Thursday, November 16, 2006

Limits of Realism

The Moose argues that progressives shouldn't redeploy away from their principles.

The Iraq war is leading some progressives into a full embrace of neo-realism. These liberals shun interventionist internationalism for the type of pragmatic realism that was the hallmark of Brent Scowcroft and Jim Baker. In fact, these two Republican figures are rapidly becoming national security role models in progressive circles.

Not so fast. It was the realists' coddling of Middle Eastern tyrannies that helped breed the Jihadist menace with which we are at war. Saudi Arabia which spreads Wahabi hatred is Exhibit A of a theocracy that realists love to love. Back in the nineties, the realists would have us look away from the ethnic cleansing in the Balkans.

Will Marshall authors a fine rebuke to the realists in the new issue of Blueprint Magazine - here.

Marshall writes,

"Democrats should leave realpolitik to Republicans and instead offer an internationalist alternative to Bush's policies. Rather than limit America's power, this approach would embed it in an expanding alliance of global democracies and a modernized system of collective security better able to protect the weak from the strong. In an interdependent world, America should use its power to shape international institutions that can cope effectively with global terror networks, failing states, nuclear proliferation, and mass murder in places like Darfur. But America must remain the catalyst for collective action; there is simply no one else who can take our place.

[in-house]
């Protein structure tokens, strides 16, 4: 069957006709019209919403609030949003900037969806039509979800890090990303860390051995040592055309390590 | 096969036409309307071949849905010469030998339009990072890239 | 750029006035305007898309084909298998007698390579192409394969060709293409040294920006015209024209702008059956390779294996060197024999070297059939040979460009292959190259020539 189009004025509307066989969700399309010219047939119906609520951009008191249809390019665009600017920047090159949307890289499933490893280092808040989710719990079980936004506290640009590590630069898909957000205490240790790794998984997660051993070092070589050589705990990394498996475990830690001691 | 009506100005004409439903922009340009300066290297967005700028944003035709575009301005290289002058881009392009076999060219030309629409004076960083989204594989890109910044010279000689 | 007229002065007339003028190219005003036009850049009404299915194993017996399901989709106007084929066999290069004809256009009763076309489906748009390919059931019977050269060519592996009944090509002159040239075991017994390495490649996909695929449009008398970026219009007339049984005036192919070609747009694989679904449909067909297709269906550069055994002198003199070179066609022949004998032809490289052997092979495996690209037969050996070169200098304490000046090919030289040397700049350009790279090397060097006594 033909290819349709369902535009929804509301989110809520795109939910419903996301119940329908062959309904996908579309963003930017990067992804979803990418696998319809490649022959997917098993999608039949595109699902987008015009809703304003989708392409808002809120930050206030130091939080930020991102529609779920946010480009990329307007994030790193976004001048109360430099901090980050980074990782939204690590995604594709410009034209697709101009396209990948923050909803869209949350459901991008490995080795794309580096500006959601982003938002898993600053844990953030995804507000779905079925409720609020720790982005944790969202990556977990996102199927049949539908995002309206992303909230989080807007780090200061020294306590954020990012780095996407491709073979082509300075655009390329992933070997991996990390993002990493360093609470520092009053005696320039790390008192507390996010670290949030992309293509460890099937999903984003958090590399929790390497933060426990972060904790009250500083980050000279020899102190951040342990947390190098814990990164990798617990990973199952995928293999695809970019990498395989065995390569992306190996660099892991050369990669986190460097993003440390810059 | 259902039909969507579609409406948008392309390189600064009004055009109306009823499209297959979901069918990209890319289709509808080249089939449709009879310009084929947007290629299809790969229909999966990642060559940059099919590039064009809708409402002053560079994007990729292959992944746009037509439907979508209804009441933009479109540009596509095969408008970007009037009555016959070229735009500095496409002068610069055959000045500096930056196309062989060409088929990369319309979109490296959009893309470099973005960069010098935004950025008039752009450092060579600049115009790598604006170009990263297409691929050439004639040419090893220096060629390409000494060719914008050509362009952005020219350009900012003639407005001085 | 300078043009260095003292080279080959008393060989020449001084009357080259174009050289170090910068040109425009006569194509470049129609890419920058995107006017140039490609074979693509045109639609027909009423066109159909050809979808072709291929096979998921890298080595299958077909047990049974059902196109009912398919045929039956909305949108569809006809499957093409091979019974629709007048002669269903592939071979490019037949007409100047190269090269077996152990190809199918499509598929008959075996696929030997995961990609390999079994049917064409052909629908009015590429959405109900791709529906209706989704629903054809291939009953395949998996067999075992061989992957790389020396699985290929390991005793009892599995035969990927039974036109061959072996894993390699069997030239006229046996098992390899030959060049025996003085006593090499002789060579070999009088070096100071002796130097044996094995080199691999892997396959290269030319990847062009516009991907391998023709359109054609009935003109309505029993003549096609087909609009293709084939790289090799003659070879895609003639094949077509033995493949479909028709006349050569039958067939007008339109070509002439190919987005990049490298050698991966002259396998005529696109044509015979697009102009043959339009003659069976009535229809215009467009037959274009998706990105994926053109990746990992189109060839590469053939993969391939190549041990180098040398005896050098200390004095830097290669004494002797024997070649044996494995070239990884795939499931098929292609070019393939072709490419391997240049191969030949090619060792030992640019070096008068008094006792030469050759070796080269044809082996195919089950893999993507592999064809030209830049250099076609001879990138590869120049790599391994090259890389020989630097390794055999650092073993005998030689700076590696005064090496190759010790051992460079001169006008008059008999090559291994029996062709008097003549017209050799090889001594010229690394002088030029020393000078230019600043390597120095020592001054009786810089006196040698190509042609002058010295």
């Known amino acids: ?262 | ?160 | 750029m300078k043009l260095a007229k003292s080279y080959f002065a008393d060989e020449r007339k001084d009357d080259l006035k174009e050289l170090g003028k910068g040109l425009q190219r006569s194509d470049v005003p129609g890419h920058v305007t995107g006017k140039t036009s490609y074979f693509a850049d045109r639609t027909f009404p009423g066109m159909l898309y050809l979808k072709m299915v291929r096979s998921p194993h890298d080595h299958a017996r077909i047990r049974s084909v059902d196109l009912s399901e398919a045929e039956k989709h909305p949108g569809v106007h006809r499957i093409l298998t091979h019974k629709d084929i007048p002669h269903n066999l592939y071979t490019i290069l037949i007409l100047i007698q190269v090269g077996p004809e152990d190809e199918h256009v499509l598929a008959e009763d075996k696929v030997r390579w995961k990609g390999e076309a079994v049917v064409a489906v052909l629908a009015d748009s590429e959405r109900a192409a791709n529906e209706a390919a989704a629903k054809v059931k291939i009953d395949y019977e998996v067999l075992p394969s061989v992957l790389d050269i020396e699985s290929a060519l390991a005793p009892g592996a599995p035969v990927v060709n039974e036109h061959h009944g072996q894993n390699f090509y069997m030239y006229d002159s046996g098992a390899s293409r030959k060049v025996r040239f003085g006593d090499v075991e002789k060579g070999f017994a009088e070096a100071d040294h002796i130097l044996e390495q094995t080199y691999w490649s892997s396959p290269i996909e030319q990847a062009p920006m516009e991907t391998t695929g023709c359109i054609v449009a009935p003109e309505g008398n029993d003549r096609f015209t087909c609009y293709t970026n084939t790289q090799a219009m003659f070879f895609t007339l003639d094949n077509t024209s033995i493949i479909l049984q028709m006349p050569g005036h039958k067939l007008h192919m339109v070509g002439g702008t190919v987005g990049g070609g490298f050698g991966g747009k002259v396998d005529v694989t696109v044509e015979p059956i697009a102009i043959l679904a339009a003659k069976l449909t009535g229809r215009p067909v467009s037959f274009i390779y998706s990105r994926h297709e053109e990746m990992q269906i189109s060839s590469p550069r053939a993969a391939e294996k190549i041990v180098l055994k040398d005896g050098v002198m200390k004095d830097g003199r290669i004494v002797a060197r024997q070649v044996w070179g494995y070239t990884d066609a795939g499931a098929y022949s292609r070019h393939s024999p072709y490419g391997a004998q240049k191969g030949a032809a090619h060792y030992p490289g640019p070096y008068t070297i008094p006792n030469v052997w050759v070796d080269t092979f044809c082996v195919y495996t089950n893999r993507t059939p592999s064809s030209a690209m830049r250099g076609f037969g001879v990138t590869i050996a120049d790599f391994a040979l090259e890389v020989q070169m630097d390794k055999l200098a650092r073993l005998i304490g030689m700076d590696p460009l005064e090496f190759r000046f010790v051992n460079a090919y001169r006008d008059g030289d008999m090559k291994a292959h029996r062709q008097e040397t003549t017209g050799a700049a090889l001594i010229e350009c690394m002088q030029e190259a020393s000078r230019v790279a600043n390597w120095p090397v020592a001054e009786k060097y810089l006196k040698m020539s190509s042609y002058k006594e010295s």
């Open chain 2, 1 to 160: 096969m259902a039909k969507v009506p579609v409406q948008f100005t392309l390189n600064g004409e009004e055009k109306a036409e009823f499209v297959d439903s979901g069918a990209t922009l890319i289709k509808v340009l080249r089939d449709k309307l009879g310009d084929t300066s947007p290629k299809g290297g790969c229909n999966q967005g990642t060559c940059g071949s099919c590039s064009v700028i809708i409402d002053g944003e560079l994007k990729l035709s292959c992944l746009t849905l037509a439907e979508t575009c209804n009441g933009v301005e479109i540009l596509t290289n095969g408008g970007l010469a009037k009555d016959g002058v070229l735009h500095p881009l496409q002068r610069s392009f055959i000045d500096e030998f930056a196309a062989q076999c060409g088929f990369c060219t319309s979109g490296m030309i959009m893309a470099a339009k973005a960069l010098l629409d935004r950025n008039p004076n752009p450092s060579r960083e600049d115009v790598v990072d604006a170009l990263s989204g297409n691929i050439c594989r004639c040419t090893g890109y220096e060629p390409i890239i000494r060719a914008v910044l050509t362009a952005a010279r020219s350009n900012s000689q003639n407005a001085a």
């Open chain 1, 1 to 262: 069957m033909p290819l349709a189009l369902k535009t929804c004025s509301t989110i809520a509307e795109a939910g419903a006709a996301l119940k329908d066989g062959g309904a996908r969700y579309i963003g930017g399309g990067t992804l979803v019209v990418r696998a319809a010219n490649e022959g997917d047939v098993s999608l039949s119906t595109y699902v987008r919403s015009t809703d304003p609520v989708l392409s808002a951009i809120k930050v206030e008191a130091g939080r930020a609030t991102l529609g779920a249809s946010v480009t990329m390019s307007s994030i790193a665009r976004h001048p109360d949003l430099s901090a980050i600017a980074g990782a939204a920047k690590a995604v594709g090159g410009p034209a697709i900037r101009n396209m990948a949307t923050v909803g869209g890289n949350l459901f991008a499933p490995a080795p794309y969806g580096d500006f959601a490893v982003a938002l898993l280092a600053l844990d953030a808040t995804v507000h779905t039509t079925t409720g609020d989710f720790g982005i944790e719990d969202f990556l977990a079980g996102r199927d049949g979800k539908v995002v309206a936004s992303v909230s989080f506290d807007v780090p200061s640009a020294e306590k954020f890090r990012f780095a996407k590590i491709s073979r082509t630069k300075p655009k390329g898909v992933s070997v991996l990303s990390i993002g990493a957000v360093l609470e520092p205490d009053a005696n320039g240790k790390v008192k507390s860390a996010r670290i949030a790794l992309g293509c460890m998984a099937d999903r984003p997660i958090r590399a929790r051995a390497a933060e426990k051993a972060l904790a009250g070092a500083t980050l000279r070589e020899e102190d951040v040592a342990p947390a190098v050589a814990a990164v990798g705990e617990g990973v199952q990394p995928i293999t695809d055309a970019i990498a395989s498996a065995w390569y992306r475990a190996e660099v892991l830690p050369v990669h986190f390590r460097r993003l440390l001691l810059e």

"Realists see American idealism as a dangerous distraction from the unsentimental pursuit of core national interests. But progressives believe U.S. foreign policy works best when it reflects the moral sentiments and political values of the American people. Recognizing that what happens within states is often more important for world order than what happens between states, progressives understand that the peaceful spread of liberal democracy is a strategic imperative for America."

The manifold errors in Iraq are giving internationalism a bad name. But, President Bush was fundamentally correct in his analysis that genuine democratic transformation is the only long term answer to the Jihadist threat. There must be an alternative to the stifling tyrannies of the Islamic world.

We have painfully learned that this transformation will be difficult and is by no means guaranteed. The Islamic world will not easily adopt democratic habits. However, the realists' answer is not a plausible alternative either strategically or morally.

In 1992, Bill Clinton was correct in opposing Jim Baker realism toward the Balkans. And the failures of this Administration should not tempt contemporary progressives to succumb to the allure of neo-realism.

Realists would not have had us intervene in Rwanda in the nineties. They would look askance at stopping the genocide in Darfur. And the liberal "get out now" realists would allow Iraq to truly devolve into a massive killing field that would damage our moral and strategic standing for a generation.

If a Democratic Congress forces a premature withdrawal from Iraq, the party will pay for it in moral and political terms for many years to come. Yes, the American people want a change in course in Iraq. But, they will not readily embrace defeat. And, like after Vietnam, the Democratic Party will be branded as the party of defeat and retreat.

Progressives should not abandon liberal values at the water's edge.
-- Posted at 8:18 AM | Link to this post | Email this post